Playing with GPT3 in CACTUS hackathon: Semantic Search
CACTUS organized a GPT3 hackathon as soon as we got access to the Open AI tool. Employees with a diverse range of roles and backgrounds came together in teams to generate ideas and build prototypes.
The team that I was part of built two things:
- A description generator for scientific concepts, and
- Free-text semantic search functionality on a huge corpus of scientific publications.
Project 1: Generating descriptions for concepts
As a warm-up, we tried out GPT3’s famous text generation function by having it generate descriptions of concepts. Concepts extracted from scholarly writing play an important role in several CACTUS/UNSILO products, such as Research Discovery and Classify. Being able to get a description of an unfamiliar concept will be of great help, especially to non-expert users.
We experimented with concepts from the biomedical domain. We used Wikipedia to help us manually craft some good examples of descriptions, in order to show GPT3 what to do. This works alright for concepts that GPT3 knows enough about, i.e. that were represented well enough in the data that GPT3 was trained on.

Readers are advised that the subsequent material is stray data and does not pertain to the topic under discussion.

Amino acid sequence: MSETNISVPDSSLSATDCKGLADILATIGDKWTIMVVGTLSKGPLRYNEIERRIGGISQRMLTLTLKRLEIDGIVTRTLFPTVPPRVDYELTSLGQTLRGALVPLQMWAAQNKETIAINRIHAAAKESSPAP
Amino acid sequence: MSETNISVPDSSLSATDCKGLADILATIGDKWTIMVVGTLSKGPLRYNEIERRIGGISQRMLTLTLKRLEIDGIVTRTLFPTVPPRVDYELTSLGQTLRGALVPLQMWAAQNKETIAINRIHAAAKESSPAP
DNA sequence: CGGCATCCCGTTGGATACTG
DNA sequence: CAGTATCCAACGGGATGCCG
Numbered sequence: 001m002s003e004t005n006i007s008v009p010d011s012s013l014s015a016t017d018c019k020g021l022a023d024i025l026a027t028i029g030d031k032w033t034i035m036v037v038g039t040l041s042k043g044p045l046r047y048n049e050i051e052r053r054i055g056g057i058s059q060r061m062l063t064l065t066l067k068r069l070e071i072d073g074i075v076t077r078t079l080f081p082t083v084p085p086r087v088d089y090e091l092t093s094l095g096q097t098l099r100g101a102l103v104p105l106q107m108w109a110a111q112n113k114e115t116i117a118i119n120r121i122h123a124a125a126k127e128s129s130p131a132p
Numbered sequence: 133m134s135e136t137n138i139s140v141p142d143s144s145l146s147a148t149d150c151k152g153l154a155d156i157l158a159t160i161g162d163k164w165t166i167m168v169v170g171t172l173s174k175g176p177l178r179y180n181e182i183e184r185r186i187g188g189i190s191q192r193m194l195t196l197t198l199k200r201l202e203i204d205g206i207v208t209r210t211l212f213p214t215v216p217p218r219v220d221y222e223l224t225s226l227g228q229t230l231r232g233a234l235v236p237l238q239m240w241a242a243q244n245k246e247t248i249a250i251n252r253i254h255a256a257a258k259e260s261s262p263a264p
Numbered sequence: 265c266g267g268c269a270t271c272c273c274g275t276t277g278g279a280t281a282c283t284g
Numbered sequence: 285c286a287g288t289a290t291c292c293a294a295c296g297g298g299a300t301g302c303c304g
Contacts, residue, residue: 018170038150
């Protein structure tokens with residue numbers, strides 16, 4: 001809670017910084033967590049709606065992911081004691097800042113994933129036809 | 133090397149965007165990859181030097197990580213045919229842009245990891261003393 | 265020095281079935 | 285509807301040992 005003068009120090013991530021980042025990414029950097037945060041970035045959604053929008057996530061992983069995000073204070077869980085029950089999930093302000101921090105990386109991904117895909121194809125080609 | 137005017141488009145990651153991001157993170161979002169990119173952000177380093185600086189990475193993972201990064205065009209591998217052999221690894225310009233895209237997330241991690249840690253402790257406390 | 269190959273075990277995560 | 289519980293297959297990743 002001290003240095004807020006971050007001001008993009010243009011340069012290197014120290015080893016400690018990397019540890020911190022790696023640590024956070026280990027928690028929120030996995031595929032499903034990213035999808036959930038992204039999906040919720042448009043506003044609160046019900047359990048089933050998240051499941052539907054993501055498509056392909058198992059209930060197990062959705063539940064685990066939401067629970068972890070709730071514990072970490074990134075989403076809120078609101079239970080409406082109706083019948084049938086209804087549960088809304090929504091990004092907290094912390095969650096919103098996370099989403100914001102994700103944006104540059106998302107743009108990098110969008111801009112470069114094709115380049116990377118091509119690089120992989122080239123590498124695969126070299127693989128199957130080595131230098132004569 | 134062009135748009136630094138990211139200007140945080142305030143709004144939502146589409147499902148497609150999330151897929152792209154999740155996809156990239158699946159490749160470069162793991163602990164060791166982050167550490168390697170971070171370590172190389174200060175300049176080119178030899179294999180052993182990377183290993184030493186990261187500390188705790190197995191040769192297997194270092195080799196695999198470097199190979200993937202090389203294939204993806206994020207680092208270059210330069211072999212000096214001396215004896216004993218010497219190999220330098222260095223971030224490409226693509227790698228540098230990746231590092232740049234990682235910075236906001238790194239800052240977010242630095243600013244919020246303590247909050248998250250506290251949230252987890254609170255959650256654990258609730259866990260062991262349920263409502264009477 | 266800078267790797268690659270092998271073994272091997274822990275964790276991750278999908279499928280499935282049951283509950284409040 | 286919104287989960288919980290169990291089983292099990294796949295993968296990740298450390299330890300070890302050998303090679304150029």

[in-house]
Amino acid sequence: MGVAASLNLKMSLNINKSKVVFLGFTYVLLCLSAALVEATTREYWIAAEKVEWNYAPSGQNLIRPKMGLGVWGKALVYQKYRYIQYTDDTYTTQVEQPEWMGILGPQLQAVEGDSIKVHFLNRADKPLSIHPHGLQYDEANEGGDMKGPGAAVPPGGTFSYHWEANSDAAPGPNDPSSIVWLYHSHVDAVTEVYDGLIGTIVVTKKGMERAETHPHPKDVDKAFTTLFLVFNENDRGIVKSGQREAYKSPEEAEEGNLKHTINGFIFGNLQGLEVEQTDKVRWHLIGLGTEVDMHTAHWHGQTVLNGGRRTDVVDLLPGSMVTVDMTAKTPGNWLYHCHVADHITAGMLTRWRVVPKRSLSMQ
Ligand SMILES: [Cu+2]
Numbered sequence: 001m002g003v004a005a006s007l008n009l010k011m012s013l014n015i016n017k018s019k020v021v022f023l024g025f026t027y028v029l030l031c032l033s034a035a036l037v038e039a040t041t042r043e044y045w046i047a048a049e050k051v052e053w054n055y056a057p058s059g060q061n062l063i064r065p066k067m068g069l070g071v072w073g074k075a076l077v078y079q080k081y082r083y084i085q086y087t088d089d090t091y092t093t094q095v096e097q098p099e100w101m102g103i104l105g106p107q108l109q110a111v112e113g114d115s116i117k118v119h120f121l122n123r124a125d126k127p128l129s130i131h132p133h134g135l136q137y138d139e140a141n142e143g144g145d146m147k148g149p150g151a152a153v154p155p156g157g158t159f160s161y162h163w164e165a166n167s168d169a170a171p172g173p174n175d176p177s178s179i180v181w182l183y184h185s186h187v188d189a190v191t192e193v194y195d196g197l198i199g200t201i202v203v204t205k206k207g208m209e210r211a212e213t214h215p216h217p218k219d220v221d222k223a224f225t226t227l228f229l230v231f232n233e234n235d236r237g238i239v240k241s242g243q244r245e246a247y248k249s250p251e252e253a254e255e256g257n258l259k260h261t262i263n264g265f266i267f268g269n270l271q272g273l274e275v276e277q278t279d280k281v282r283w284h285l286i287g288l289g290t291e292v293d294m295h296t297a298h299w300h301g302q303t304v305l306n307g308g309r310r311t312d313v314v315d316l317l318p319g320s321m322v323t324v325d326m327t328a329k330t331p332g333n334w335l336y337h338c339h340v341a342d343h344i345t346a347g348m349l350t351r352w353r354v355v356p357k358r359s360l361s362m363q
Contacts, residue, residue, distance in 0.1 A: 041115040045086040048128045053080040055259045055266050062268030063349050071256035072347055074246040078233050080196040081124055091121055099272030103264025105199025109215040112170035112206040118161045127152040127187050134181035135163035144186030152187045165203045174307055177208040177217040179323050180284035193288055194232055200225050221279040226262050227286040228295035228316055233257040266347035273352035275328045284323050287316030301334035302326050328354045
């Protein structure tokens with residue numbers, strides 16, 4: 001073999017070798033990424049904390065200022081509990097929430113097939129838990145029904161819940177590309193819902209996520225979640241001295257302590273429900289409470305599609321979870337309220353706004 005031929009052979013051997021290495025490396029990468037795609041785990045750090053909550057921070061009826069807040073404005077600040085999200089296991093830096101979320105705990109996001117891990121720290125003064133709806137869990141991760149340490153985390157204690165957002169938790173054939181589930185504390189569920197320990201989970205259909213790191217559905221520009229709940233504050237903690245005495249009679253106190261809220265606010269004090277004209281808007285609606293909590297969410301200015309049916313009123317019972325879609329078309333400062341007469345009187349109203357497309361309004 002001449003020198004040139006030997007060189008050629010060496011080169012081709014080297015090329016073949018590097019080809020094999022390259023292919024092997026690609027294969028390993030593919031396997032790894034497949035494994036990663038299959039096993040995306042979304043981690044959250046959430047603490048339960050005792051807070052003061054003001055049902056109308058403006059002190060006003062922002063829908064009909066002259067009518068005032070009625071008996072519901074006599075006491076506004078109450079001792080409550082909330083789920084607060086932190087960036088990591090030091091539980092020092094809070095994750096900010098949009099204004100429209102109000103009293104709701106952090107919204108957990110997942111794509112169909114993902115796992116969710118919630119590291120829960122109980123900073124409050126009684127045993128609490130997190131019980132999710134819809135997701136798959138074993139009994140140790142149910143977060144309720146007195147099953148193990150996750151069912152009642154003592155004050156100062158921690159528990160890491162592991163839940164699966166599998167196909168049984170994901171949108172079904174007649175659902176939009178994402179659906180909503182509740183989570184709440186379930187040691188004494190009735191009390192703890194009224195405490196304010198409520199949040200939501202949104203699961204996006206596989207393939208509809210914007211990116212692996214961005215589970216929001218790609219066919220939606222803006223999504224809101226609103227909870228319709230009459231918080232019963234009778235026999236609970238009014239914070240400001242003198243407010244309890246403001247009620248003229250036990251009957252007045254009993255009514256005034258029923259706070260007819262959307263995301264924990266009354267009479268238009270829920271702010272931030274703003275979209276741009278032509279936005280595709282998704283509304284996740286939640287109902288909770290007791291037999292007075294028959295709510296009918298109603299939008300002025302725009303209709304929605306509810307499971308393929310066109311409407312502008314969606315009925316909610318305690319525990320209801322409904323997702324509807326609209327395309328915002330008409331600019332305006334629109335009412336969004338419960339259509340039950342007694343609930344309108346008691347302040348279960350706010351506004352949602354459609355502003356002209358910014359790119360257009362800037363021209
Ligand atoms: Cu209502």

As GPT3 was trained in the fall of 2019, it turned out that it didn’t know anything about COVID-19. We also got bad results for some of the more obscure MeSH concepts. We, therefore, tried to give GPT3 the opportunity to learn from our collection of scientific articles. We used our in-house Concept Extraction API to identify articles for which the concept that we wanted to generate a description for (e.g. ‘Covid-19’) was prominent. Then we extracted sentences that mention the concept from the articles’ abstracts and provided this as extra information to GPT3. The results got a lot better.
2019-nCov is a human protein encoded by the 2019 gene. It has been shown to interact with CDK5R1, CENPF and NCOA3.
The novel coronavirus (2019-nCoV) is a member of the family Coronaviridae, genus Betacoronavirus. It was first identified in September 2019 in China and has since spread to other countries. The virus causes severe acute respiratory syndrome (SARS)-like symptoms.
Concept: ‘Casein Kinase I alpha’
Casein kinase I alpha (CKIA) is an enzyme that in humans is encoded by the “CSNK1A1” gene.
Casein kinase I (CKI) is a family of serine/threonine protein kinases that phosphorylate the N-terminal amino acids of caseins. Casein kinase I alpha (CKIα) is one member of this family, and it has been shown to be involved in the regulation of apoptosis.
It was really exciting to see that GPT3 can get the gist of a new concept in this way. Some caution is advised though.